Working Out Hungry Is Bad For You

A new study tested cyclists who worked out after eating and while fasting. It turns out they burned the same amount of fat either way, but there were two downsides to working out on an empty stomach:

  • About 10% of the burned calories came from protein, not fat, including muscle. So you actually lose more muscle by working out hungry, but you don’t burn more fat.
  • Since you’re hungry and you don’t have fuel to burn, the intensity of the workout and therefore the number of calories burned is lower on an empty stomach.

So if you’re trying to lose fat, eat something good for you before working out. Cliff bars are pretty filling energy bars that are natural and kinda good for you and come in at about 240 calories — just make sure you burn more than that working out.

Photo by Les Chatfield

 

Update: A particularly astute reader pointed out a possible contradiction between this study and another study from last year, which found that working out strenuously in the morning before eating breakfast (i.e., on an empty stomach) led to lower weight gain, more efficient fat burning and less insulin resistance. There are a few differences between the two studies though, namely that in the breakfast one:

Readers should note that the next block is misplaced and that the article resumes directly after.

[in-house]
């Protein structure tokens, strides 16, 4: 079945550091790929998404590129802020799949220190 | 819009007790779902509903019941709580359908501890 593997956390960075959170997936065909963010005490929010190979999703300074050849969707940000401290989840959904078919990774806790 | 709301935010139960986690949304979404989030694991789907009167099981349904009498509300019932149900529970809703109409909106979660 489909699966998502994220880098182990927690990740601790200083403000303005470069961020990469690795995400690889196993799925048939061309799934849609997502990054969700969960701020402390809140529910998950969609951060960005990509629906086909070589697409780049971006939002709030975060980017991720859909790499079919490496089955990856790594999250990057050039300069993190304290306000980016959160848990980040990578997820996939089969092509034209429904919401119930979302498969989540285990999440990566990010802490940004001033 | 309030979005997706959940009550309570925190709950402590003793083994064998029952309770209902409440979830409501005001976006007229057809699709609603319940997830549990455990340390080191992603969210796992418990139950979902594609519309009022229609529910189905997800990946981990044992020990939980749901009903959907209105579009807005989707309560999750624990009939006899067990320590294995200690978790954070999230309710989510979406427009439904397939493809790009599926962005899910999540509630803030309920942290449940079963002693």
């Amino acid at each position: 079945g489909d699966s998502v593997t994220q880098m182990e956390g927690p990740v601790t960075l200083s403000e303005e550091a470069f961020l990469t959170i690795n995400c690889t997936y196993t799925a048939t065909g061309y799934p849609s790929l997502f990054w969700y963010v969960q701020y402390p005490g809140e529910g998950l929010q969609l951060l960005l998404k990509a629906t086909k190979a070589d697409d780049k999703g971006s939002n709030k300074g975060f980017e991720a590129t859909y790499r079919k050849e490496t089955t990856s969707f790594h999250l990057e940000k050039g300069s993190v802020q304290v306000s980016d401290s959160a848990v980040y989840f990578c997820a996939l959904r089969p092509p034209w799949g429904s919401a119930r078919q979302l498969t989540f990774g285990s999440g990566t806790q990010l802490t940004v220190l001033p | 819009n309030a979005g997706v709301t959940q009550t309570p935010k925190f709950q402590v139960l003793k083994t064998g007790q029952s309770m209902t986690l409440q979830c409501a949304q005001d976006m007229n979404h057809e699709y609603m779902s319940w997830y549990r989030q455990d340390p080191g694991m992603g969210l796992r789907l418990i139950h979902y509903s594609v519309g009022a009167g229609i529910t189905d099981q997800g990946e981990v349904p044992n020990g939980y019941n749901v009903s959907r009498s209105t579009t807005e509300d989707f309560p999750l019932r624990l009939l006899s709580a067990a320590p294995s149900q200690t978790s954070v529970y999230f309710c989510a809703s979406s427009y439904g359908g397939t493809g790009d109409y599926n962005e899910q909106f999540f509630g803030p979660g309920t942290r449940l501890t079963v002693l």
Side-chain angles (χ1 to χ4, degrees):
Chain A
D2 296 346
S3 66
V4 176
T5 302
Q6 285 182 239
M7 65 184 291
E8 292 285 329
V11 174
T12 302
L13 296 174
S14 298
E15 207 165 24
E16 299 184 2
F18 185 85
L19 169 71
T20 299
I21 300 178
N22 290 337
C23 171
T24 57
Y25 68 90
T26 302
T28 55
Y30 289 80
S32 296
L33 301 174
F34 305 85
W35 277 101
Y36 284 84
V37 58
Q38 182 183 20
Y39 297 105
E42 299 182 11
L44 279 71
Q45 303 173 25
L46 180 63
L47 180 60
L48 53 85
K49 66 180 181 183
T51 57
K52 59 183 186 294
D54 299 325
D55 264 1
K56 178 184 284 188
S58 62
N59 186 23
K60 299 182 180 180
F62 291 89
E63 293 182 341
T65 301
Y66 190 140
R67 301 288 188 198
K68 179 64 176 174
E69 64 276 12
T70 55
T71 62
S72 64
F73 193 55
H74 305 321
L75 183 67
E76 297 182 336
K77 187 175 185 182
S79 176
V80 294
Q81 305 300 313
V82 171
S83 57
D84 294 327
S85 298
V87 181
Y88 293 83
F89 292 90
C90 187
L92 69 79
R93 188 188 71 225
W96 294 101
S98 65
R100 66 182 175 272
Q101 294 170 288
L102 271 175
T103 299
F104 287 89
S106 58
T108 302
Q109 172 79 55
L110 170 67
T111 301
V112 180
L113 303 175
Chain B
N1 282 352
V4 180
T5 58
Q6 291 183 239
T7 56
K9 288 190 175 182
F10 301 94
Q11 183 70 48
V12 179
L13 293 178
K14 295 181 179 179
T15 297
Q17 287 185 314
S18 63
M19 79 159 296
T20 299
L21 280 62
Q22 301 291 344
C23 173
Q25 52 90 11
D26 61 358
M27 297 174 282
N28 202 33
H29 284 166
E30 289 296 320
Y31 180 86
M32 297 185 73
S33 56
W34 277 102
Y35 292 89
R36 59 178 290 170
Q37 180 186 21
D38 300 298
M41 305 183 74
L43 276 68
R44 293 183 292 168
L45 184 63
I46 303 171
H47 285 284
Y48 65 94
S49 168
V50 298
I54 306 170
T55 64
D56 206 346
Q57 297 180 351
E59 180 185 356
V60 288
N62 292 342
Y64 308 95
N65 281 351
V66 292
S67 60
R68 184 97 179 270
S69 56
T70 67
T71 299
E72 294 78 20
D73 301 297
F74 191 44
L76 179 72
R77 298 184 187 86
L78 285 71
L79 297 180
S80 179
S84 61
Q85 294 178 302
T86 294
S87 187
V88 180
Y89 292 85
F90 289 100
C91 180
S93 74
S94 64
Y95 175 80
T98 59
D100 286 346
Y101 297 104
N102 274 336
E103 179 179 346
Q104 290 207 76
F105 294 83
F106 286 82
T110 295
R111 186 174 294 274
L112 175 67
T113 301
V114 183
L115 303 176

• they fed the healthy subjects a really bad high-fat diet: 50% more fat and 30% more calories than they were consuming before. The breakfast was rich in carbs and they had sports drinks during the workouts. The cyclists in this study on the other hand, were probably on a decent diet.
  • they focused on breakfast. It could be there’s something special going on right after we wake up: e.g., maybe the body has been turning fat into carbs all night to prepare fuel for the morning.
  • all of the subjects gained weight due to the awful diet, but the ones that exercised after breakfast gained a negligible amount. So it could be that they actually lost muscle mass and replaced it with fat, which would actually fit in with the cyclist study’s findings; it found that 10% of calories came from protein, and some unspecified part of that was muscle mass — that still leaves 90% that came from carbs and fat.
  • it didn’t test for hunger. Unless they hadn’t eaten in a long time, many people don’t wake up being hungry right away. In the cycling study, the group had been fasting, so they were presumably pretty hungry. It’s reasonable to assume that the body won’t signal hunger until it’s out of fuel, at which point it starts cannibalizing muscles. Therefore, if the people in the breakfast study weren’t hungry in the morning, it’s also reasonable to assume their bodies didn’t cannibalize muscle.

Perhaps one tell-tale sign is the intensity of the workout. The cyclist study found that the ones fasting didn’t have as intense of a workout. So if in the morning, you feel like you can easily have as intense of a workout before breakfast as after breakfast, then you probably have enough fuel in your system to not worry about burning muscle mass.

From The New York Times, via Lifehacker

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